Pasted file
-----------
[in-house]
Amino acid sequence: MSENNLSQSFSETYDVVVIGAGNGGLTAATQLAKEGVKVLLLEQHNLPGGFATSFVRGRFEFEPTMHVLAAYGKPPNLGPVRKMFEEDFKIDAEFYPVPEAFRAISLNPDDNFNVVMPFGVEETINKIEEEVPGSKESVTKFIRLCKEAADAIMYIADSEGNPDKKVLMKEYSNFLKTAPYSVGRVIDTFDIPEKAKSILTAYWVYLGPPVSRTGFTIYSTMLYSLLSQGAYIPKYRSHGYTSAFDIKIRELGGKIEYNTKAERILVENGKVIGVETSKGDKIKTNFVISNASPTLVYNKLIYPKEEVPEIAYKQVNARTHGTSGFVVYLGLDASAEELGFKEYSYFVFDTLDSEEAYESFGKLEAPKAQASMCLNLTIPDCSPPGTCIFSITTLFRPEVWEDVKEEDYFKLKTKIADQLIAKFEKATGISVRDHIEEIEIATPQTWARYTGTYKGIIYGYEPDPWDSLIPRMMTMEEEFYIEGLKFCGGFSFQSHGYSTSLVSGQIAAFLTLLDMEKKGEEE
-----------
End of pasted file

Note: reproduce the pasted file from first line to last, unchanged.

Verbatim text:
[in-house]
Amino acid sequence: MSENNLSQSFSETYDVVVIGAGNGGLTAATQLAKEGVKVLLLEQHNLPGGFATSFVRGRFEFEPTMHVLAAYGKPPNLGPVRKMFEEDFKIDAEFYPVPEAFRAISLNPDDNFNVVMPFGVEETINKIEEEVPGSKESVTKFIRLCKEAADAIMYIADSEGNPDKKVLMKEYSNFLKTAPYSVGRVIDTFDIPEKAKSILTAYWVYLGPPVSRTGFTIYSTMLYSLLSQGAYIPKYRSHGYTSAFDIKIRELGGKIEYNTKAERILVENGKVIGVETSKGDKIKTNFVISNASPTLVYNKLIYPKEEVPEIAYKQVNARTHGTSGFVVYLGLDASAEELGFKEYSYFVFDTLDSEEAYESFGKLEAPKAQASMCLNLTIPDCSPPGTCIFSITTLFRPEVWEDVKEEDYFKLKTKIADQLIAKFEKATGISVRDHIEEIEIATPQTWARYTGTYKGIIYGYEPDPWDSLIPRMMTMEEEFYIEGLKFCGGFSFQSHGYSTSLVSGQIAAFLTLLDMEKKGEEE